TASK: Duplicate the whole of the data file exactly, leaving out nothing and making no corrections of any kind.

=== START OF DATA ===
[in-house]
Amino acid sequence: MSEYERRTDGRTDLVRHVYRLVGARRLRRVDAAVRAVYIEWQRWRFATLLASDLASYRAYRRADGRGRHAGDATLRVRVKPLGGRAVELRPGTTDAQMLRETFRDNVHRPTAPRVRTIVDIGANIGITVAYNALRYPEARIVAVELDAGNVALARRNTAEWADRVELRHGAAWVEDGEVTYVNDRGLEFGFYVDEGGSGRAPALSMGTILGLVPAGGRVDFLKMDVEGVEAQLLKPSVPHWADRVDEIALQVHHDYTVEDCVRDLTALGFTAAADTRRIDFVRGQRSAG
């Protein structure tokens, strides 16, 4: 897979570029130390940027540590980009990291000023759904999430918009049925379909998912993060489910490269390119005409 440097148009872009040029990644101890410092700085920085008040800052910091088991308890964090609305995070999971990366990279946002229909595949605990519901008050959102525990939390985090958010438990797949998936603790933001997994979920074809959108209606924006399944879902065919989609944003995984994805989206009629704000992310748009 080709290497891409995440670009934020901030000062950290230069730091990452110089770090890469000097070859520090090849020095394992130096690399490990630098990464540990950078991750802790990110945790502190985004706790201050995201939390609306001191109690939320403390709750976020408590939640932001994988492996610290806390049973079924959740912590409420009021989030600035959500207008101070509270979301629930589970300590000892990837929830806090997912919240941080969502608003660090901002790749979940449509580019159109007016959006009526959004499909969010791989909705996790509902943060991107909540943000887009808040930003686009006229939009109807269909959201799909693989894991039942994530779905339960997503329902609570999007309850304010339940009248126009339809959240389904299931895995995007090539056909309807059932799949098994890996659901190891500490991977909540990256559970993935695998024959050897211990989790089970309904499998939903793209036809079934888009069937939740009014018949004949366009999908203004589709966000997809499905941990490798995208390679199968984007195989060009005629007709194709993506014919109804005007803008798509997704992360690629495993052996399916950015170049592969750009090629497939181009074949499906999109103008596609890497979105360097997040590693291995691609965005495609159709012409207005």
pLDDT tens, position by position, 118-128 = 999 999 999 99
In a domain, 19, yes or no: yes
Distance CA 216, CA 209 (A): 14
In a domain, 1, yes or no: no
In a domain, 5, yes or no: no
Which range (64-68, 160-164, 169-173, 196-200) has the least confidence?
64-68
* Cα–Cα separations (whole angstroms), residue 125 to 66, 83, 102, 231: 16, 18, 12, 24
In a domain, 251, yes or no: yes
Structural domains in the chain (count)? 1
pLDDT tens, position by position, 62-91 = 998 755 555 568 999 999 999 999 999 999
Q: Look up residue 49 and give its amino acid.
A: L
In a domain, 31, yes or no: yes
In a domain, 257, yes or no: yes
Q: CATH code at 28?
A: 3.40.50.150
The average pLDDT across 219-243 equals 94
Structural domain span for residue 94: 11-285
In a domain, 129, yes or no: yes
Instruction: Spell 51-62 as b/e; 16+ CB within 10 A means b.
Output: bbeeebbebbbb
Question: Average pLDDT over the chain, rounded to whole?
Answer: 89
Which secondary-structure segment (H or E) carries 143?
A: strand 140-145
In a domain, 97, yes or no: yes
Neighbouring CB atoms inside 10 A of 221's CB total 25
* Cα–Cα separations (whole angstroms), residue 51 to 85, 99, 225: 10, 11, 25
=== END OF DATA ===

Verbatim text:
[in-house]
Amino acid sequence: MSEYERRTDGRTDLVRHVYRLVGARRLRRVDAAVRAVYIEWQRWRFATLLASDLASYRAYRRADGRGRHAGDATLRVRVKPLGGRAVELRPGTTDAQMLRETFRDNVHRPTAPRVRTIVDIGANIGITVAYNALRYPEARIVAVELDAGNVALARRNTAEWADRVELRHGAAWVEDGEVTYVNDRGLEFGFYVDEGGSGRAPALSMGTILGLVPAGGRVDFLKMDVEGVEAQLLKPSVPHWADRVDEIALQVHHDYTVEDCVRDLTALGFTAAADTRRIDFVRGQRSAG
């Protein structure tokens, strides 16, 4: 897979570029130390940027540590980009990291000023759904999430918009049925379909998912993060489910490269390119005409 440097148009872009040029990644101890410092700085920085008040800052910091088991308890964090609305995070999971990366990279946002229909595949605990519901008050959102525990939390985090958010438990797949998936603790933001997994979920074809959108209606924006399944879902065919989609944003995984994805989206009629704000992310748009 080709290497891409995440670009934020901030000062950290230069730091990452110089770090890469000097070859520090090849020095394992130096690399490990630098990464540990950078991750802790990110945790502190985004706790201050995201939390609306001191109690939320403390709750976020408590939640932001994988492996610290806390049973079924959740912590409420009021989030600035959500207008101070509270979301629930589970300590000892990837929830806090997912919240941080969502608003660090901002790749979940449509580019159109007016959006009526959004499909969010791989909705996790509902943060991107909540943000887009808040930003686009006229939009109807269909959201799909693989894991039942994530779905339960997503329902609570999007309850304010339940009248126009339809959240389904299931895995995007090539056909309807059932799949098994890996659901190891500490991977909540990256559970993935695998024959050897211990989790089970309904499998939903793209036809079934888009069937939740009014018949004949366009999908203004589709966000997809499905941990490798995208390679199968984007195989060009005629007709194709993506014919109804005007803008798509997704992360690629495993052996399916950015170049592969750009090629497939181009074949499906999109103008596609890497979105360097997040590693291995691609965005495609159709012409207005």
pLDDT tens, position by position, 118-128 = 999 999 999 99
In a domain, 19, yes or no: yes
Distance CA 216, CA 209 (A): 14
In a domain, 1, yes or no: no
In a domain, 5, yes or no: no
Which range (64-68, 160-164, 169-173, 196-200) has the least confidence?
64-68
* Cα–Cα separations (whole angstroms), residue 125 to 66, 83, 102, 231: 16, 18, 12, 24
In a domain, 251, yes or no: yes
Structural domains in the chain (count)? 1
pLDDT tens, position by position, 62-91 = 998 755 555 568 999 999 999 999 999 999
Q: Look up residue 49 and give its amino acid.
A: L
In a domain, 31, yes or no: yes
In a domain, 257, yes or no: yes
Q: CATH code at 28?
A: 3.40.50.150
The average pLDDT across 219-243 equals 94
Structural domain span for residue 94: 11-285
In a domain, 129, yes or no: yes
Instruction: Spell 51-62 as b/e; 16+ CB within 10 A means b.
Output: bbeeebbebbbb
Question: Average pLDDT over the chain, rounded to whole?
Answer: 89
Which secondary-structure segment (H or E) carries 143?
A: strand 140-145
In a domain, 97, yes or no: yes
Neighbouring CB atoms inside 10 A of 221's CB total 25
* Cα–Cα separations (whole angstroms), residue 51 to 85, 99, 225: 10, 11, 25